For the past few years I’ve had research plots in northwestern Tennessee. Each summer, once a month or so, I make the 5-hour drive to the site and spend the afternoon taking data. Any normal person would then check in to their hotel room in town, watch television, and make the drive back to St. Louis the next morning. Of course—I’m not normal, I’m an entomologist! The southeastern lowlands of Missouri, where over the years I’ve found (and continue to find) a number of good spots for collecting insects, are tantalizing close. Instead of retiring immediately to my hotel room, I’d rather head back to the lowlands and find a good spot for setting up a blacklight. It might be midnight before I finally get to a hotel room, but it’s all worth it. Some of the most interesting insects that I’ve featured here during the past few years have come to blacklights on one of these trips, including the primitive longhorned beetles Parandra glabra and Mallodon dasystomus and adult male bagworms, Thyridopteryx ephemeraeformis.
Most of the spots I’ve found are located along the Mississippi River, a downside of which is the overwhelming abundance of aquatic insects that are often attracted to the lights. Caddisflies (order Trichoptera) are the worst, sometimes swarming the lights with such frenetic abundance that to check the sheets one must button the collar, hold the breath, dash in quickly to look at the sheet, and retreat just as quickly lest the fluttering hordes find their way up the nostrils, down the ear canals, and into the eyes. Mayflies (order Ephemeroptera) also can be attracted in great numbers, although they tend to be, fortunately, much calmer and better behaved on the sheet than their trichopteran counterparts. Normally, I pay little attention to these insects other than what is required to avoid breathing them—their abundance almost makes them unnoticeable. On one particular night in early August, however, my eyes caught the soft glow of a ghostly-white insect sitting on the underside of a leaf some yards away from the light. I looked closer to see it was a mayfly, and so pale was its coloration that I knew it would make for a striking photograph against the black night sky.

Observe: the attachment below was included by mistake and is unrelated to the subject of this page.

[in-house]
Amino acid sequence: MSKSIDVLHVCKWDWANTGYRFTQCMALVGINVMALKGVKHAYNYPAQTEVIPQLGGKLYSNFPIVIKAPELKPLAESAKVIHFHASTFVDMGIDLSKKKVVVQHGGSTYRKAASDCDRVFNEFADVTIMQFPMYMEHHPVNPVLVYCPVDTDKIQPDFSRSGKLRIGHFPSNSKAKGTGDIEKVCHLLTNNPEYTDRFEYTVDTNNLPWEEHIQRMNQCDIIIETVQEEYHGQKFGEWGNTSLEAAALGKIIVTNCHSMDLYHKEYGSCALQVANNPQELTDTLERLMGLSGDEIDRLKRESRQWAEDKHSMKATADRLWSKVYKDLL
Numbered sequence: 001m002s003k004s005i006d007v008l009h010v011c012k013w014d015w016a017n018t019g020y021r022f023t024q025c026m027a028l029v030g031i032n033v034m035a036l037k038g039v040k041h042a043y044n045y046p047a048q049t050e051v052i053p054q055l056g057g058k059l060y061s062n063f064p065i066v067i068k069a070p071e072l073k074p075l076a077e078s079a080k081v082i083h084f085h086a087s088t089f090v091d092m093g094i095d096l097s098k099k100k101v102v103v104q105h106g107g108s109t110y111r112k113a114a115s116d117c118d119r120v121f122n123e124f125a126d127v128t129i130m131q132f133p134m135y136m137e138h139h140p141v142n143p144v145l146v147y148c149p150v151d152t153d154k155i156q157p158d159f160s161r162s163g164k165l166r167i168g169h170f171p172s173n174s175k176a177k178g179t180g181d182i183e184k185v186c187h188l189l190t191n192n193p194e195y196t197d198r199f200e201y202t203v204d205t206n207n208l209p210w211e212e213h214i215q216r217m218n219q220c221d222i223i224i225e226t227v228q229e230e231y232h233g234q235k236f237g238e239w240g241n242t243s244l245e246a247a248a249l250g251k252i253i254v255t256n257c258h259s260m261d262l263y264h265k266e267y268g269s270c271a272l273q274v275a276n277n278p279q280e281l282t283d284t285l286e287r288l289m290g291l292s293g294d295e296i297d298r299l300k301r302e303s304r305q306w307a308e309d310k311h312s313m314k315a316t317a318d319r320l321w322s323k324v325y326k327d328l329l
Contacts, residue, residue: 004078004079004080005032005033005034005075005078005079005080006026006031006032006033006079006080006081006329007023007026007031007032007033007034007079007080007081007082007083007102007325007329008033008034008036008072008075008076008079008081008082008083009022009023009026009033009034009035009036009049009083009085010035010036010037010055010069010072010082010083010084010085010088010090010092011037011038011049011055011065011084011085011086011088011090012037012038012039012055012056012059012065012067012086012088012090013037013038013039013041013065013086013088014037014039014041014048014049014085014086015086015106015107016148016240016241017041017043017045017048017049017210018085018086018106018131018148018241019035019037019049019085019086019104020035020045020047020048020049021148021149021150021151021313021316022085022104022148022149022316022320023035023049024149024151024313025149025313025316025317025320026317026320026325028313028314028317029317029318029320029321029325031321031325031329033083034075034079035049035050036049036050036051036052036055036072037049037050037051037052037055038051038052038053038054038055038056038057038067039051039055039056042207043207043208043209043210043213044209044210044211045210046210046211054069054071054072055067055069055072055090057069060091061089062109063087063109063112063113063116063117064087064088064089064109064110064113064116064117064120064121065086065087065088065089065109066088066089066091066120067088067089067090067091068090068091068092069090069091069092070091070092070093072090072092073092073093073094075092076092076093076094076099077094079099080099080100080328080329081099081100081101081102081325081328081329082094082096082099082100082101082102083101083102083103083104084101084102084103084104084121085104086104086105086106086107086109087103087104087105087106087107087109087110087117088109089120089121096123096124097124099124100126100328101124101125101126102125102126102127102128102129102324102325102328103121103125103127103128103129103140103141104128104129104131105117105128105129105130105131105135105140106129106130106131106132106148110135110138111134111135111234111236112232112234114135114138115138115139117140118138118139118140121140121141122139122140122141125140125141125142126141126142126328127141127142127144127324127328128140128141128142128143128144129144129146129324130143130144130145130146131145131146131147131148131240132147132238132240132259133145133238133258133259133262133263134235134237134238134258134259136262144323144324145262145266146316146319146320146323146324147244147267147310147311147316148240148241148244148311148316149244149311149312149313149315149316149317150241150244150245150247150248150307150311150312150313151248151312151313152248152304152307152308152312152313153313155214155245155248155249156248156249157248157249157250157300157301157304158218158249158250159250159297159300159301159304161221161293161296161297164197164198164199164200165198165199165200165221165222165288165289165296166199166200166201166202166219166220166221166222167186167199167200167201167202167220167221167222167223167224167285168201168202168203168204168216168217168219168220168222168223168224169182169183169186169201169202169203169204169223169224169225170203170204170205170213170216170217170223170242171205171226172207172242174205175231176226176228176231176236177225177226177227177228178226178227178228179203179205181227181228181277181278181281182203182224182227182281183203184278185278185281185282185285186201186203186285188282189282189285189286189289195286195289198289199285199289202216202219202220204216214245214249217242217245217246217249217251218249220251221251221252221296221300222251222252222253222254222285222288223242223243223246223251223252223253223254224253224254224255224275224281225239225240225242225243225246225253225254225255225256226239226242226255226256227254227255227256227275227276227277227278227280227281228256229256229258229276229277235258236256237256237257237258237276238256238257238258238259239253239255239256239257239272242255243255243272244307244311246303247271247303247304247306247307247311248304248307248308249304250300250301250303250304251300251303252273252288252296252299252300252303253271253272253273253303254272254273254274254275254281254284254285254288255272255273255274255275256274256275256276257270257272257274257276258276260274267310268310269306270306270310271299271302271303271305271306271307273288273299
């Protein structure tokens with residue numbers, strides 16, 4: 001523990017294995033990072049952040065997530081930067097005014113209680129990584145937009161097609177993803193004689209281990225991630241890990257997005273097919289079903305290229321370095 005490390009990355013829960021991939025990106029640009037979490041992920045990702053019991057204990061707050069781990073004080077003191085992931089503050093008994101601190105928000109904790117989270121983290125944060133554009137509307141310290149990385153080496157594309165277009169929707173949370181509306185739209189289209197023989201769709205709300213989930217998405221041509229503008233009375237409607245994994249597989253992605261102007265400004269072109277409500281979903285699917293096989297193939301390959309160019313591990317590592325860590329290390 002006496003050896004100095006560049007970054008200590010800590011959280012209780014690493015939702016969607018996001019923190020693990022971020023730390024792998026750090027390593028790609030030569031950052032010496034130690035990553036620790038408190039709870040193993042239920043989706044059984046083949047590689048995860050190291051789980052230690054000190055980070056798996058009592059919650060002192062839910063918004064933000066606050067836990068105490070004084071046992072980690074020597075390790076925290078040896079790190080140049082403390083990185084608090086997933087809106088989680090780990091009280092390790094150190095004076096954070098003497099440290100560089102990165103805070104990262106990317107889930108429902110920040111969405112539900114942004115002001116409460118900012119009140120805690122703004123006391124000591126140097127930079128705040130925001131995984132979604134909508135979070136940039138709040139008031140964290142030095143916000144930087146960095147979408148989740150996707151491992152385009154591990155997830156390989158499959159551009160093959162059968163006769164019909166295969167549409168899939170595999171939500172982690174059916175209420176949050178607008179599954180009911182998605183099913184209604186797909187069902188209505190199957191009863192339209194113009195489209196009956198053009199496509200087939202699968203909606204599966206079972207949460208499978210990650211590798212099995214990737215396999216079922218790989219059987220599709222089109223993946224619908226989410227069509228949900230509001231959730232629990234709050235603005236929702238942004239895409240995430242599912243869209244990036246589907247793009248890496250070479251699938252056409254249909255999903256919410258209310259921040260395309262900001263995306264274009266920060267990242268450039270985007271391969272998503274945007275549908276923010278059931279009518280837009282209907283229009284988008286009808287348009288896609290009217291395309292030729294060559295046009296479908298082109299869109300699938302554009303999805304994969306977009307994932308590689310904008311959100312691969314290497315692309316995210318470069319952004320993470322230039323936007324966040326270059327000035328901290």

The reason for its milky-white coloration is due to a unique aspect of mayfly developmental biology—they are the only insects to develop fully functional wings before their final molt to adulthood. This stage, called the sub-adult or subimago, emerges from the water where it spent the past year as a nymph (also called a naiad) and flies to nearby vegetation, but it is still not mature. One additional molt is required, wings and all, before the insect finally reaches adulthood and can spend the few remaining hours of its life in single-minded pursuit of a mate. Sub-adult mayflies are distinguished from their adult counterparts by their paler coloration and opaque rather than clear wings. We can also tell that this individual is a female because no claspers are visible at the tip of the abdomen (which males possess for mating) and its relatively small eyes (the eyes of males almost completely cover their head).
My thanks to Dr. Robert Sites, who initially suggested this might be a species in the family Heptageniidae, and to Roger Rohrbeck for confirming my subsequent identification as probably belonging to the genus Maccaffertium.
© Ted C. MacRae 2014